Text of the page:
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Swallow and the Titmouse, The
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by Jay Seaver

"A bird or two of a different feather."
5 stars

SCREENED AT THE 2015 SAN FRANCISCO SILENT FILM FESTIVAL: It's kind of surprising to see that "The Swallow and the Titmouse" was considered so non-commercial as to go unreleased when it was made, and kind of not; the audience that would go for its style of storytelling today is a niche one, although the appeal of its inside look at the rivers of France and Belgium must have been even greater. That's what happened, though; the film vanished into obscurity even before leaving it until an assembly cut was found sixty years later and restored, demonstrating that the film business has been making great art difficult to see since the 1920s.

L'Hirondelle and La Mésange of the title are not birds but barges working the rivers. Pierre Van Groot (Louis Ravet) is their captain, and the crew is mostly family: his wife Griet (Jane Maylianes) and her sister Marthe (Maguy Deliac), along with their dogs, chickens, and other small animals. They lack a pilot, but hire Michel (Pierre Alcover) in Antwerp, where Pierre also obtains diamonds to smuggle into France, as one does. Affection soon blossoms between Marthe and Michel, encouraged by Pierre, but he may be more interested in that secret cargo.

This may be an art movie, but it's one with a pretty straightforward plot when you get right down to it, and while the suspense is a bit muted compared to some of the more melodramatic movies with similar plots, it develops into something enjoyably noirish as the film goes on. It never completely becomes a thriller, but it's a great deal of fun to watch as director André Antoine and writer Gustave Grillet tease the story out and Antoine even applies some flourishes that have characters emerging from the shadows in a way that presages film noir, while the methodical way things are laid out will later be echoed in policiers. It's got an ending to match, too.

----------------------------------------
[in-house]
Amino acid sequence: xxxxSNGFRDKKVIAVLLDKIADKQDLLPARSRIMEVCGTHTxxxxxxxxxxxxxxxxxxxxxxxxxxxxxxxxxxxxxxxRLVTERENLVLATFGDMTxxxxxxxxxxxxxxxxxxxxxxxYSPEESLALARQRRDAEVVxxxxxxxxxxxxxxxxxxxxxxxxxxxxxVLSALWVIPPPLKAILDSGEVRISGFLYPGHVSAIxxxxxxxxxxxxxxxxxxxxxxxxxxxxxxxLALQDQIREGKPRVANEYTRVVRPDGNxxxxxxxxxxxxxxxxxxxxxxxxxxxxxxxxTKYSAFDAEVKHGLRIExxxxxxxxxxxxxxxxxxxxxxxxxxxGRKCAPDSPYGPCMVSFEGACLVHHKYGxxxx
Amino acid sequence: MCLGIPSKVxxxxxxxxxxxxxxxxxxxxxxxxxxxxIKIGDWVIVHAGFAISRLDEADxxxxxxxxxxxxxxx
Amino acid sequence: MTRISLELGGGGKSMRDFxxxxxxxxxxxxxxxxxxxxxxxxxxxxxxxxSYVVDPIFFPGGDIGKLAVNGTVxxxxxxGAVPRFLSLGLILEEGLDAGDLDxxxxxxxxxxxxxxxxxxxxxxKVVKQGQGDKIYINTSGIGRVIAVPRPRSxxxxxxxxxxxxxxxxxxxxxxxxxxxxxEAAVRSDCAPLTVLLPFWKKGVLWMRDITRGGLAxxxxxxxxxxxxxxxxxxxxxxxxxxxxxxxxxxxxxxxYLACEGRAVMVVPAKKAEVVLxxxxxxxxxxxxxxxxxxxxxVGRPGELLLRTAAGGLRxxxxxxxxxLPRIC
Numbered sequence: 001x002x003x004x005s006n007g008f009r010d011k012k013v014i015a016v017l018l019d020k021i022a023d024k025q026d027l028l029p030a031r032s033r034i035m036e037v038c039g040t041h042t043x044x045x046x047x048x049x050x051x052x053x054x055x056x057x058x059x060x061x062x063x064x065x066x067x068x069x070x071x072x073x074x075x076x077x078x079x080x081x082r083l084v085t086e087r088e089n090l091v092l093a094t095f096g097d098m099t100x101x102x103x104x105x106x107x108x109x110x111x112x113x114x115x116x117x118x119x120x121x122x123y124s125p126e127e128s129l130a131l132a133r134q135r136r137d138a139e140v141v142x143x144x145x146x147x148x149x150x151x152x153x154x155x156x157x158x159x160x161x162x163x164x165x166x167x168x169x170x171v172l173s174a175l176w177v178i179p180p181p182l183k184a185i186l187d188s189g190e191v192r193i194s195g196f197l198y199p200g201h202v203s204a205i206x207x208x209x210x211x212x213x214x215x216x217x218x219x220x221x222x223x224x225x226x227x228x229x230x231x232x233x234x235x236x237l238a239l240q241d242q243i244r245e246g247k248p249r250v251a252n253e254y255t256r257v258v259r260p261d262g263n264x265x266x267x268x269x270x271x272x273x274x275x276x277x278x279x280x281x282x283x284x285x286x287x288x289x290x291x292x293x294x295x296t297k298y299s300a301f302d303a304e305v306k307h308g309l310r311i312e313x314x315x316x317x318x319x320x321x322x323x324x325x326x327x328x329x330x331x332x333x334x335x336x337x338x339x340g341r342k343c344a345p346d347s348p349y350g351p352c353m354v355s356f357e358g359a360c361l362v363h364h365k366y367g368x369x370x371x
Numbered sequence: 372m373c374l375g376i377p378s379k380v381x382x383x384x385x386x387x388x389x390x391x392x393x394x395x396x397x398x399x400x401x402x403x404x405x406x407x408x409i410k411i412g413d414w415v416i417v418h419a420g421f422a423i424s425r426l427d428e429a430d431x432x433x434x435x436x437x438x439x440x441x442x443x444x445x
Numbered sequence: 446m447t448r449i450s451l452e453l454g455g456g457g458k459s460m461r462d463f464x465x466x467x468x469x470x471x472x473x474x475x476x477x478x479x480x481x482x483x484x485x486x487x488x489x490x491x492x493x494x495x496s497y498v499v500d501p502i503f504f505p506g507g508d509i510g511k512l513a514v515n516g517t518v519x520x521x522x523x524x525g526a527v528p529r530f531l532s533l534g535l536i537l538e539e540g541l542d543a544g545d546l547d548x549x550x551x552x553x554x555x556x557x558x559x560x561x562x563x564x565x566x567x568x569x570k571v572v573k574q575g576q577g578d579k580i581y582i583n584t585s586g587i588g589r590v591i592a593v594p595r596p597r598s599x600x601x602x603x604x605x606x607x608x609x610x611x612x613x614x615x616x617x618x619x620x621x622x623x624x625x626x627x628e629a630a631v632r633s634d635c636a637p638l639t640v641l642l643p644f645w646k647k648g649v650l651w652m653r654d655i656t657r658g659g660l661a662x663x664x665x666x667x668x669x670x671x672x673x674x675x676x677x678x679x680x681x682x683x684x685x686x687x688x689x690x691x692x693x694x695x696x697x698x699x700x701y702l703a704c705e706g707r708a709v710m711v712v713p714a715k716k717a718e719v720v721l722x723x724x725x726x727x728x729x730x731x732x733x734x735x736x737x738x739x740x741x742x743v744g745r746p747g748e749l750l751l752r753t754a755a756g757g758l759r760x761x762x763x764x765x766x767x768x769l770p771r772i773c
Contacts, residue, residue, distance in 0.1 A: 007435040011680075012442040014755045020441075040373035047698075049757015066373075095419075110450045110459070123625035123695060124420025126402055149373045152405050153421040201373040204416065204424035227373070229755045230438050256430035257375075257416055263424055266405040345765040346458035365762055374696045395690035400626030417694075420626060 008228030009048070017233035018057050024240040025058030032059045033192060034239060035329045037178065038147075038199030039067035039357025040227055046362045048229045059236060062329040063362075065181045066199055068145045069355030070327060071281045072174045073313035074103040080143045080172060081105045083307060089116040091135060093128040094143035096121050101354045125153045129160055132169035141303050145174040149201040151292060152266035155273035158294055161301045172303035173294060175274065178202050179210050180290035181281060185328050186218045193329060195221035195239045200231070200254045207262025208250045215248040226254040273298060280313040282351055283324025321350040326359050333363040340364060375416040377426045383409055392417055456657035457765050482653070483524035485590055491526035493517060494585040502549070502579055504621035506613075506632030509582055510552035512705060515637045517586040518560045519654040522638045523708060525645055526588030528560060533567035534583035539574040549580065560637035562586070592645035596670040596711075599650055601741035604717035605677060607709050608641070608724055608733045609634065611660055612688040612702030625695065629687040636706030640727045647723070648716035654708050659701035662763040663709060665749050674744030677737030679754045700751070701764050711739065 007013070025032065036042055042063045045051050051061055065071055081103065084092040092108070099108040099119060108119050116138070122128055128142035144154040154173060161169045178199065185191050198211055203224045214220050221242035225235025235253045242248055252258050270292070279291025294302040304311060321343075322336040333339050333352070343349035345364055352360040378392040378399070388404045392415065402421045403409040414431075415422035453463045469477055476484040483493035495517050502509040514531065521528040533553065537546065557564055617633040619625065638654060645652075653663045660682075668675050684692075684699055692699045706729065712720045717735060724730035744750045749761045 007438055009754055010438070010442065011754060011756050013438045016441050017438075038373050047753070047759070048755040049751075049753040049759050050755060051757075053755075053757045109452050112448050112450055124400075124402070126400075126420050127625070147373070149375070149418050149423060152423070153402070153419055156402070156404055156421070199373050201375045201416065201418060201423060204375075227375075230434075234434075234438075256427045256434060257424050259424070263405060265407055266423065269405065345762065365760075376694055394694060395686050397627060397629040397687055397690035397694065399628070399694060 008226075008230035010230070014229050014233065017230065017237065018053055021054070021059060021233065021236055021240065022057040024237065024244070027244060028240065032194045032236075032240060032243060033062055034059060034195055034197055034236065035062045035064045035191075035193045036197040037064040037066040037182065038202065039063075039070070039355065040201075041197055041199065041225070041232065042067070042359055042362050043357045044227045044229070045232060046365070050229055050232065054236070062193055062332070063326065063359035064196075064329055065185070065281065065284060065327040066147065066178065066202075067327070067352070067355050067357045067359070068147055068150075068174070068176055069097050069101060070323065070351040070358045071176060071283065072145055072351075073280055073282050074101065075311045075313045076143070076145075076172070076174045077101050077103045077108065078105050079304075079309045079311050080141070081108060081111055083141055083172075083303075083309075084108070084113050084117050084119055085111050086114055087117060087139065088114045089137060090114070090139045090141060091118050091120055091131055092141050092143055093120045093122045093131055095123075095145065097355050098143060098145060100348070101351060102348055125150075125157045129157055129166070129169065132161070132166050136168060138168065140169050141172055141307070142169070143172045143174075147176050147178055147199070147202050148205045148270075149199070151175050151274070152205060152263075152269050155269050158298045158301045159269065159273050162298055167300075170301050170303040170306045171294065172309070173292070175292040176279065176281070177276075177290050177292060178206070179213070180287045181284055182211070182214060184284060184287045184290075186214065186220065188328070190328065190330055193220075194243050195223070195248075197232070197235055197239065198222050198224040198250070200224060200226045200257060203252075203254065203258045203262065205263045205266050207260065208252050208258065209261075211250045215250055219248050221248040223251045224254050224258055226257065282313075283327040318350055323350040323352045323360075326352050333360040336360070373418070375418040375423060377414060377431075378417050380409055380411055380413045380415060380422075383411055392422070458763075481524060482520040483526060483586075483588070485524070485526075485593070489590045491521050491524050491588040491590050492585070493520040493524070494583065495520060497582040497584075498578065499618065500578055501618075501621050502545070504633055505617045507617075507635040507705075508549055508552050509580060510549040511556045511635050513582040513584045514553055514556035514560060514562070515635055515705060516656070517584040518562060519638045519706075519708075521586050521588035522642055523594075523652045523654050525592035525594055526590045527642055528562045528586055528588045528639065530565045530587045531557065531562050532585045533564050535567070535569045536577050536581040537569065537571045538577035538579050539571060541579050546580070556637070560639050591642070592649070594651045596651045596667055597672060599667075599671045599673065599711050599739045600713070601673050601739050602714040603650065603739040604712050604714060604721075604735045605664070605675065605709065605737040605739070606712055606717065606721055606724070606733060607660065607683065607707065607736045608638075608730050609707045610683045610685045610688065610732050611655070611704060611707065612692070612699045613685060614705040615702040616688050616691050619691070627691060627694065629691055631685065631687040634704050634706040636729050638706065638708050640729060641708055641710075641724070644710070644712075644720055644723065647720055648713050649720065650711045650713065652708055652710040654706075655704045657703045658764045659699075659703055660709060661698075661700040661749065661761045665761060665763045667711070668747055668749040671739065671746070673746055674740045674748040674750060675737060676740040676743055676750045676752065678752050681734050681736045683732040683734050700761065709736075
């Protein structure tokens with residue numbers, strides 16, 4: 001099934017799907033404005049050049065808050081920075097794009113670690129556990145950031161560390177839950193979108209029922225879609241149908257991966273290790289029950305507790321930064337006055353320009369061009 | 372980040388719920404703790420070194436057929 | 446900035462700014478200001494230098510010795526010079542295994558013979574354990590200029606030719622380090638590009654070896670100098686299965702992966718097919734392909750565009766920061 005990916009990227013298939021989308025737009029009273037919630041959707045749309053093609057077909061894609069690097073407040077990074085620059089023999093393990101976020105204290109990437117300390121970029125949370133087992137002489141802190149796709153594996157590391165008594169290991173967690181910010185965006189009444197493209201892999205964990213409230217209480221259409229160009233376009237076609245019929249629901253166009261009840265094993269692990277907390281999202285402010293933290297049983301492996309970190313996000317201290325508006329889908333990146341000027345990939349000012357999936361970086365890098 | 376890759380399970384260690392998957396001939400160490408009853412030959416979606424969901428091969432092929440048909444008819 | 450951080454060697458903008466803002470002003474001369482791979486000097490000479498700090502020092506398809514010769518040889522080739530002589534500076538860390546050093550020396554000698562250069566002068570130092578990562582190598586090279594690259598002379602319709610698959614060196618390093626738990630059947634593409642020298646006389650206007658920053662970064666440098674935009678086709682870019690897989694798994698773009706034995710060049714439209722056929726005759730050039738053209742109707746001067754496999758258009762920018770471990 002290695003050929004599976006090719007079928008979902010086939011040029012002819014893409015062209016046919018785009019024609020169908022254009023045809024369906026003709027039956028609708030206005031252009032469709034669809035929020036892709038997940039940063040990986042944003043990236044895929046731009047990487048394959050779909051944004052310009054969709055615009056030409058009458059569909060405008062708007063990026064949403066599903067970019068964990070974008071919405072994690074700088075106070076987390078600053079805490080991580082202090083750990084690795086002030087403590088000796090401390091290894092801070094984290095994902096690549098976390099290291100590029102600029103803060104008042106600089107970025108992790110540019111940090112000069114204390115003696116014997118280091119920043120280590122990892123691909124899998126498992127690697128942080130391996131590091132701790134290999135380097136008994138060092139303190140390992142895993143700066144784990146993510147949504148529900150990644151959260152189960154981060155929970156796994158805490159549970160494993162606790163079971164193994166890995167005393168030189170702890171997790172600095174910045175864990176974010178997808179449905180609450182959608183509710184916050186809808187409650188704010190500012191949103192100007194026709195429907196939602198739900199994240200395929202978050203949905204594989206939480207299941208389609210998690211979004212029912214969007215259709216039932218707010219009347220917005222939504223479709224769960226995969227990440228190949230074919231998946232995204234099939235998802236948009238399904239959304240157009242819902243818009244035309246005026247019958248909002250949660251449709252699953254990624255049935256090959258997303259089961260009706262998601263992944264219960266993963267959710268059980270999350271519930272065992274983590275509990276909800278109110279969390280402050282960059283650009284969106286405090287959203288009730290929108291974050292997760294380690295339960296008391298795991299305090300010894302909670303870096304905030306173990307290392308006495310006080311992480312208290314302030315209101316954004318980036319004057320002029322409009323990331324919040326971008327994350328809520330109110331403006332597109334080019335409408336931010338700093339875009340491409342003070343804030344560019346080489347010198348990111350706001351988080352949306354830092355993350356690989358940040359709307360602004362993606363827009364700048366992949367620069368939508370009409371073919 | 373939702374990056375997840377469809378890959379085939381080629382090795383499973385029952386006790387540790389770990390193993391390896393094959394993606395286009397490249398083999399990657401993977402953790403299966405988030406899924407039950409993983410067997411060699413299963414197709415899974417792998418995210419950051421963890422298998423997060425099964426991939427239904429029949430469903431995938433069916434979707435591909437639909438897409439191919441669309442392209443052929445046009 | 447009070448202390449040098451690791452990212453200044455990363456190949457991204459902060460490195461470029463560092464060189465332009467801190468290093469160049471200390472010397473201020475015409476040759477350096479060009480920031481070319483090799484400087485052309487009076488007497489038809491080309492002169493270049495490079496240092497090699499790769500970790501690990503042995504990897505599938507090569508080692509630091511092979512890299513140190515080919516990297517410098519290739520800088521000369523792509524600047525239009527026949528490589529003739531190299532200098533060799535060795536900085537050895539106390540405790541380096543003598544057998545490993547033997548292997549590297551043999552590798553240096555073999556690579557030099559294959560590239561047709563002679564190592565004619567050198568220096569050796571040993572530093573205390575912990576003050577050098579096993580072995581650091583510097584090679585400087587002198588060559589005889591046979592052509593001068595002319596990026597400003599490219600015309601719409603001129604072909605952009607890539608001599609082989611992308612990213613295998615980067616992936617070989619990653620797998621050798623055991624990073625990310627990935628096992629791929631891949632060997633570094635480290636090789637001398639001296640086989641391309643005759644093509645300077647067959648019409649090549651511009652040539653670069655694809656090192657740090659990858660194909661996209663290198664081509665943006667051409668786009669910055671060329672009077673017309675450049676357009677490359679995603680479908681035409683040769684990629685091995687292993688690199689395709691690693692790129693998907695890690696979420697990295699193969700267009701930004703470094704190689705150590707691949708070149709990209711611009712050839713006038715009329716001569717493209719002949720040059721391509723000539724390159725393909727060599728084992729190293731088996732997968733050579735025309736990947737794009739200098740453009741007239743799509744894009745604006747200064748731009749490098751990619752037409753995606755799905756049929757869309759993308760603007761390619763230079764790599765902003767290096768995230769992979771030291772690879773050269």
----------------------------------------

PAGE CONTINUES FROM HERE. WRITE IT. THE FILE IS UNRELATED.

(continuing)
Kind of surprising that the story turns out that way, as part of the reason for the film being rejected was that it felt too much like a documentary rather than a narrative. True, that is very much the case in the early reels, where Antoine spends a fair amount of time describing the operation of these vessels, introducing his characters with caught-looking shots rather than the way silents would typically show and narrate key traits on first appearance, and jump into hiring a pilot rather than establishing a need. Even later on, the film will make deeps that are not essential to the plot, commenting on what they see on the river and making an extended stop for the Omneganck festival and parade. Viewers expecting constant, purposeful activity may be disappointed at how often the film seems content to observe rather than push things forward.

Others will find that one of the film's strengths. Omneganck, in particular, looks like a home movie, and that's an asset: By establishing the setting as being outside a studio and establishing that he is showing real things that don't merely exist at the whim of a screenwriter, Antoine makes the part of the movie where he and Grillet take more complete control that much more suspenseful, as it implies that there will be no narrative cheats or oratory that changes the course of the story. The characters will be as true to themselves as the river well be to itself, because by then the film cannot work any other way.

In addition to shooting in actual locations, Antoine also liked to use non-professional actors, and while it's not obvious that's what he's done here, there's not a member of the cast that doesn't fit his or her role like a glove. Maguy Deliac has a real working-class luminosity to her as Marthe that delights in a different way than the rest of the characters; she seems separate from the shady goings-on with the rest of the crew. The lack of actorly flourishes by the rest of the cast keeps things interesting, though; even when up to something, there's enough genuine-seeming affection between them and sense that everybody is trying to wind up a little bit ahead to keep the audience engaged with them.

It makes me wonder a bit if either the original producers didn't give the story time to emerge before giving it the thumbs down or if editor Henri Colpri w wound up creating something new when trimming six hours of raw footage down to 79 minutes despite working from the director's notes. Either way, it's a terrific piece of "you are here" that wins up being a lot less abstract than it sounds.

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originally posted: 06/13/15 11:03:38
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Directed by
  André Antoine

Written by
  Gustave Grillet

  Maguy Deliac
  Pierre Alcover
  Louis Ravet
  Jane Maylianes

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